The contribution of the immune system to idiopathic pulmonary fibrosis (IPF) remains poorly understood. While most sources agree that IPF does not result from a primary immunopathogenic mechanism, evidence gleaned from animal modeling and human studies suggests that innate and adaptive immune processes can orchestrate existing fibrotic responses. This review will synthesize the available data regarding the complex role of professional immune cells in IPF. The role of innate immune populations such as monocytes, macrophages, myeloid suppressor cells, and innate lymphoid cells will be discussed, as will the activation of these cells via pathogen-associated molecular patterns derived from invading or commensural microbes, and danger-associated molecular patterns derived from injured cells and tissues. The contribution of adaptive immune responses driven by T-helper cells and B cells will be reviewed as well. Each form of immune activation will be discussed in the context of its relationship to environmental and genetic factors, disease outcomes, and potential therapies. We conclude with discussion of unanswered questions and opportunities for future study in this area. PMID:29616220

  6. Connexin-43 upregulation in micrometastases and tumor vasculature and its role in tumor cell attachment to pulmonary endothelium

    PubMed Central

    Elzarrad, M Khair; Haroon, Abu; Willecke, Klaus; Dobrowolski, Radoslaw; Gillespie, Mark N; Al-Mehdi, Abu-Bakr

    2008-01-01

    Background The modulation of gap junctional communication between tumor cells and between tumor and vascular endothelial cells during tumorigenesis and metastasis is complex. The notion of a role for loss of gap junctional intercellular communication in tumorigenesis and metastasis has been controversial. While some of the stages of tumorigenesis and metastasis, such as uncontrolled cell division and cellular detachment, would necessitate the loss of intercellular junctions, other stages, such as intravasation, endothelial attachment, and vascularization, likely require increased cell-cell contact. We hypothesized that, in this multi-stage scheme, connexin-43 is centrally involved as a cell adhesion molecule mediating metastatic tumor attachment to the pulmonary endothelium. Methods Tumor cell attachment to pulmonary vasculature, tumor growth, and connexin-43 expression was studied in metastatic lung tumor sections obtained after tail-vein injection into nude mice of syngeneic breast cancer cell lines, overexpressing wild type connexin-43 or dominant-negatively mutated connexin-43 proteins. High-resolution immunofluorescence microscopy and Western blot analysis was performed using a connexin-43 monoclonal antibody. Calcein Orange Red AM dye transfer by fluorescence imaging was used to evaluate the gap junction function. Results Adhesion of breast cancer cells to the pulmonary endothelium increased with cancer cells overexpressing connexin-43 and markedly decreased with cells expressing dominant-negative connexin-43. Upregulation of connexin-43 was observed in tumor cell-endothelial cell contact areas in vitro and in vivo, and in areas of intratumor blood vessels and in micrometastatic foci. Conclusion Connexin-43 facilitates metastatic 'homing' by increasing adhesion of cancer cells to the lung endothelial cells. The marked upregulation of connexin-43 in tumor cell-endothelial cell contact areas, whether in preexisting 'homing' vessels or in newly formed tumor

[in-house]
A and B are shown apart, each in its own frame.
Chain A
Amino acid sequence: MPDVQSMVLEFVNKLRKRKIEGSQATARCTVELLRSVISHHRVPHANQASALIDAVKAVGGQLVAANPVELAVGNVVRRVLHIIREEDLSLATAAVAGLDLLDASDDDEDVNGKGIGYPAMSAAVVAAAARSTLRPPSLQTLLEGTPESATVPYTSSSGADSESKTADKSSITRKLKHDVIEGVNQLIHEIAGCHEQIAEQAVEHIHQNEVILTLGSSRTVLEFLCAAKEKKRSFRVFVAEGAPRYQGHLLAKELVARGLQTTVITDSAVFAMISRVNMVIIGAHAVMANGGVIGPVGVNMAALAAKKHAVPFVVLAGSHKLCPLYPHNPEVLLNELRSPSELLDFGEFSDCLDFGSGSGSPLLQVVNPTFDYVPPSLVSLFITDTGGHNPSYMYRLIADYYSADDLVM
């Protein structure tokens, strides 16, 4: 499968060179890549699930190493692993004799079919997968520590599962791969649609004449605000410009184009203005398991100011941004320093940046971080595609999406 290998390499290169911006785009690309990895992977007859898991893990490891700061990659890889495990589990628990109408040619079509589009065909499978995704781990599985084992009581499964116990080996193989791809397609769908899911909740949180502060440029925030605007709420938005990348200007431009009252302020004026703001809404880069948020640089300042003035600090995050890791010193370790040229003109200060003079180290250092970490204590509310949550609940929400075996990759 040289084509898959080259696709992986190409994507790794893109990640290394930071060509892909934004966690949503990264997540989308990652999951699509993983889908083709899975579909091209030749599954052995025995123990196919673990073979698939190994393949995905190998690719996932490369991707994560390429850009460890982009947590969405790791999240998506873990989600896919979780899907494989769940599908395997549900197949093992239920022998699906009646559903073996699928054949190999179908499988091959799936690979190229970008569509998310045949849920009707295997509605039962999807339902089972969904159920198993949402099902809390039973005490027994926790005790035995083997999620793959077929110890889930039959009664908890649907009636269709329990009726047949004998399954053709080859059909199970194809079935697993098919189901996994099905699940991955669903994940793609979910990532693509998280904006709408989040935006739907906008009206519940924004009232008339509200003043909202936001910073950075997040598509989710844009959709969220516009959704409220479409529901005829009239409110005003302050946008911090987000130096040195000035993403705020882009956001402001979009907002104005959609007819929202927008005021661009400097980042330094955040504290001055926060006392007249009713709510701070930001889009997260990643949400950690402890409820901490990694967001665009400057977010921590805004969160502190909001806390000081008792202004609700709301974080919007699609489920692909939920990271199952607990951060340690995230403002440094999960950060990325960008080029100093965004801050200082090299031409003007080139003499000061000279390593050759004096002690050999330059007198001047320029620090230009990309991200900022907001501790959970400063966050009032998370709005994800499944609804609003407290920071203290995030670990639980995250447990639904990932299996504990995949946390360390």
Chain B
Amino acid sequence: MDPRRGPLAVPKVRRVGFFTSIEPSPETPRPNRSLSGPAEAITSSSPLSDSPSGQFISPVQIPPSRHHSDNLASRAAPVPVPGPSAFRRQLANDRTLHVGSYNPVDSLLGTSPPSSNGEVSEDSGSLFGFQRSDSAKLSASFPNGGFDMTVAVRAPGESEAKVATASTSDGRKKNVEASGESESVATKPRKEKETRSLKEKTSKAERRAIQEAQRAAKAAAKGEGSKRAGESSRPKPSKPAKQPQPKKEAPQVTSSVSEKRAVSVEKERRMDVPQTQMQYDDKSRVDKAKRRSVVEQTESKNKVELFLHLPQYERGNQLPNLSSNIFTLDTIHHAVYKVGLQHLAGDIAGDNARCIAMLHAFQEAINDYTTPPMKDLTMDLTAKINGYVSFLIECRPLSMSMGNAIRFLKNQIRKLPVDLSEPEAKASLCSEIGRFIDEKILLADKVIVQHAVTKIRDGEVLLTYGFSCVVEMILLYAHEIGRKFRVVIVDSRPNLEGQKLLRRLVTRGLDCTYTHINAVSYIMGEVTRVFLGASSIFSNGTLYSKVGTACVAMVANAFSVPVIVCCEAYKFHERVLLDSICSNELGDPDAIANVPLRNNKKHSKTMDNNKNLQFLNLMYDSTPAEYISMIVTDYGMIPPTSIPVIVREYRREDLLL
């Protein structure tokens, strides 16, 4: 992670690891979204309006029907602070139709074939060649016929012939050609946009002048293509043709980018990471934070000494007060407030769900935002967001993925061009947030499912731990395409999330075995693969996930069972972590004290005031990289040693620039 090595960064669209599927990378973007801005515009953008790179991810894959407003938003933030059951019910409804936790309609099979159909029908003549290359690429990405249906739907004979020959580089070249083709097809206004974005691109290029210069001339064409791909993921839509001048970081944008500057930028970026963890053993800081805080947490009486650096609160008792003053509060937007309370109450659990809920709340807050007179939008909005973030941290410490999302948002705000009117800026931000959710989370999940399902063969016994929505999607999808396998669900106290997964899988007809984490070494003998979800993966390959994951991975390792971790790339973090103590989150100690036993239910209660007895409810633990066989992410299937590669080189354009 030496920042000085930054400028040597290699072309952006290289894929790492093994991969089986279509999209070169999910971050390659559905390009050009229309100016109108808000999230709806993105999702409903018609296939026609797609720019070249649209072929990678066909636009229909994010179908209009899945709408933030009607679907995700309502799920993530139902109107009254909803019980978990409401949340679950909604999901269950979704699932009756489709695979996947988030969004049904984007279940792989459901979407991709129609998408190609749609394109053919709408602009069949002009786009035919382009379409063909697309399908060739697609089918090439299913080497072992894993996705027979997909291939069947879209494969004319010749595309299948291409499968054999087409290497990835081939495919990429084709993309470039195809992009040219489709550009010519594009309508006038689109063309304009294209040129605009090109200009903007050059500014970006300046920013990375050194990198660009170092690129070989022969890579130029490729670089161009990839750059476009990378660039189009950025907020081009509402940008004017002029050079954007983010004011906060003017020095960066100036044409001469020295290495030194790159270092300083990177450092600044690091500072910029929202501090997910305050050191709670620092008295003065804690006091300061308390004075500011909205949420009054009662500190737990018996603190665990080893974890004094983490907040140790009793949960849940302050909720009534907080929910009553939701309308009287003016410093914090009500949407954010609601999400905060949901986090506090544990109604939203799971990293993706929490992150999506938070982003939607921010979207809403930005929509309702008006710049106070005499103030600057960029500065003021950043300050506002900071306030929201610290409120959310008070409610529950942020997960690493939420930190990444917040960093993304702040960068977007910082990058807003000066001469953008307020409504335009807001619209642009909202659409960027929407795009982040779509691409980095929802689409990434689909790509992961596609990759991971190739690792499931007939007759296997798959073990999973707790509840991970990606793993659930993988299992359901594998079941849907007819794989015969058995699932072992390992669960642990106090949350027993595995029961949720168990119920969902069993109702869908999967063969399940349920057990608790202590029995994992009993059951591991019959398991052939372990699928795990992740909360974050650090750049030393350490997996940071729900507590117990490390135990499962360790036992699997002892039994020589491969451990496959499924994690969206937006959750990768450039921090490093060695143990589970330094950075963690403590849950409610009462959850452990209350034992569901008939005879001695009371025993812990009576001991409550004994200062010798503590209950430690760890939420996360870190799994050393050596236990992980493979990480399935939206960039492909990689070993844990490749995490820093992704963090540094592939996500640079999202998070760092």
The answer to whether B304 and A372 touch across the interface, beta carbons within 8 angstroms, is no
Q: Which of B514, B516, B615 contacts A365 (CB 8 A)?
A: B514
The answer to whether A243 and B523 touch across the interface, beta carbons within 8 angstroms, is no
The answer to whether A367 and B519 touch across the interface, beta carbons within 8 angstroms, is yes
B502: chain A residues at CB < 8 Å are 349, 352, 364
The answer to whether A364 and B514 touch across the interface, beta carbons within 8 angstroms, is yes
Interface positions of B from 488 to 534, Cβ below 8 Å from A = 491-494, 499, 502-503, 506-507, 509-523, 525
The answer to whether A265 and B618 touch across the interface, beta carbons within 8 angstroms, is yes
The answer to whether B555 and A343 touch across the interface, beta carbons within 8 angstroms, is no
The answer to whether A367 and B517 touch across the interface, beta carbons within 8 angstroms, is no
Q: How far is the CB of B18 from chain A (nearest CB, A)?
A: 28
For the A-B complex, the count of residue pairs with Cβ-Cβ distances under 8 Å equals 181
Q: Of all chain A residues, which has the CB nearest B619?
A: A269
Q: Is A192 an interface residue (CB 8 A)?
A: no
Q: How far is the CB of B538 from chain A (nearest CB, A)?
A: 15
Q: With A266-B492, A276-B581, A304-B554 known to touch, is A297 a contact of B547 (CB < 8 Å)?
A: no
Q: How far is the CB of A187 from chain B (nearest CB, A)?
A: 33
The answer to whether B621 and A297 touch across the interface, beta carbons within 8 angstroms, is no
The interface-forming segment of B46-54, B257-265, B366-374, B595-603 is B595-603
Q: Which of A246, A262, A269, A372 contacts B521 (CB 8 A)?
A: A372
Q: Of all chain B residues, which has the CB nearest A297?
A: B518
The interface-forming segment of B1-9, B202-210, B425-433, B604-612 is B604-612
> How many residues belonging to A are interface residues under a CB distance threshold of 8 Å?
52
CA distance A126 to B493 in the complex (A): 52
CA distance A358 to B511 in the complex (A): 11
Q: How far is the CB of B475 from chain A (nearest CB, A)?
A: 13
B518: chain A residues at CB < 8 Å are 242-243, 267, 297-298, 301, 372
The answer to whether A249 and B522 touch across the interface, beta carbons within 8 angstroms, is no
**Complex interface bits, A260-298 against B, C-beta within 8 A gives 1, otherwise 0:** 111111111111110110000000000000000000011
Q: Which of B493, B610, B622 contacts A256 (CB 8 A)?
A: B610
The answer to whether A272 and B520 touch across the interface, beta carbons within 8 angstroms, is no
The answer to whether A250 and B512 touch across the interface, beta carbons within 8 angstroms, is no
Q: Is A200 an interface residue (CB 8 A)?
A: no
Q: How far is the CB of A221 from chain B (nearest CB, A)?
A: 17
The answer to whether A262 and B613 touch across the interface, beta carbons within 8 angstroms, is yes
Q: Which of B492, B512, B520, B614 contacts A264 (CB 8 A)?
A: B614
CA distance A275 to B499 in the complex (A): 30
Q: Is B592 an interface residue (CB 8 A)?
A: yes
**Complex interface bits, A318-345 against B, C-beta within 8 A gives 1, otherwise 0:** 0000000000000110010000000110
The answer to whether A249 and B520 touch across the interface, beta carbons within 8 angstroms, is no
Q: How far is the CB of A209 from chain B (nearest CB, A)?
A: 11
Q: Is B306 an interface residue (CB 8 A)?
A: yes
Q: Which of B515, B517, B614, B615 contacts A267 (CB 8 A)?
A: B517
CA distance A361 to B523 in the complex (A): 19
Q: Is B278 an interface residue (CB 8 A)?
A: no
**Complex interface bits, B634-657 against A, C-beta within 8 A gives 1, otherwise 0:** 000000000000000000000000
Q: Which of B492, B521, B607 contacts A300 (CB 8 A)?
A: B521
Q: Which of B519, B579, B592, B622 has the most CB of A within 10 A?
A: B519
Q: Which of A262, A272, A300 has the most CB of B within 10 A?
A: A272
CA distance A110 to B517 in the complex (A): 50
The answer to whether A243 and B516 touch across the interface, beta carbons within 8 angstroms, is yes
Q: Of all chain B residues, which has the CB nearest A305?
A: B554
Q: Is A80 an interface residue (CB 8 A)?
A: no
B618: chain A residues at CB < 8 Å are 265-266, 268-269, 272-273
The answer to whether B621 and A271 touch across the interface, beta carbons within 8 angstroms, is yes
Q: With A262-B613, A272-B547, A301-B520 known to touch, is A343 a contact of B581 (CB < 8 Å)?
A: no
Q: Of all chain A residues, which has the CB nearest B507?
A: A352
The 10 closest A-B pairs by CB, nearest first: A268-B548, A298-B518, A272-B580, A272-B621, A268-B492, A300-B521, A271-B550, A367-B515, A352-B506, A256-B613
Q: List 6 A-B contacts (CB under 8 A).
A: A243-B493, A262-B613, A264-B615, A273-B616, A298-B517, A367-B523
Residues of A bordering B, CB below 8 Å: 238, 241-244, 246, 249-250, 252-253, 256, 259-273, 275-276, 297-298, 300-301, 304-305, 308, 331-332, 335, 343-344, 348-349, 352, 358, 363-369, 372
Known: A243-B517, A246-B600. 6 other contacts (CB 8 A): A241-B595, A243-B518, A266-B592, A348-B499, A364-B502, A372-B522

7. Connexin-43 upregulation in micrometastases and tumor vasculature and its role in tumor cell attachment to pulmonary endothelium.

    PubMed

    Elzarrad, M Khair; Haroon, Abu; Willecke, Klaus; Dobrowolski, Radoslaw; Gillespie, Mark N; Al-Mehdi, Abu-Bakr

    2008-07-22

    The modulation of gap junctional communication between tumor cells and between tumor and vascular endothelial cells during tumorigenesis and metastasis is complex. The notion of a role for loss of gap junctional intercellular communication in tumorigenesis and metastasis has been controversial. While some of the stages of tumorigenesis and metastasis, such as uncontrolled cell division and cellular detachment, would necessitate the loss of intercellular junctions, other stages, such as intravasation, endothelial attachment, and vascularization, likely require increased cell-cell contact. We hypothesized that, in this multi-stage scheme, connexin-43 is centrally involved as a cell adhesion molecule mediating metastatic tumor attachment to the pulmonary endothelium. Tumor cell attachment to pulmonary vasculature, tumor growth, and connexin-43 expression was studied in metastatic lung tumor sections obtained after tail-vein injection into nude mice of syngeneic breast cancer cell lines, overexpressing wild type connexin-43 or dominant-negatively mutated connexin-43 proteins. High-resolution immunofluorescence microscopy and Western blot analysis was performed using a connexin-43 monoclonal antibody. Calcein Orange Red AM dye transfer by fluorescence imaging was used to evaluate the gap junction function. Adhesion of breast cancer cells to the pulmonary endothelium increased with cancer cells overexpressing connexin-43 and markedly decreased with cells expressing dominant-negative connexin-43. Upregulation of connexin-43 was observed in tumor cell-endothelial cell contact areas in vitro and in vivo, and in areas of intratumor blood vessels and in micrometastatic foci. Connexin-43 facilitates metastatic 'homing' by increasing adhesion of cancer cells to the lung endothelial cells. The marked upregulation of connexin-43 in tumor cell-endothelial cell contact areas, whether in preexisting 'homing' vessels or in newly formed tumor vessels, suggests that connexin-43 can

  8. Differential expression and prognostic value of the chemokine receptor CXCR4 in bronchopulmonary neuroendocrine neoplasms.

    PubMed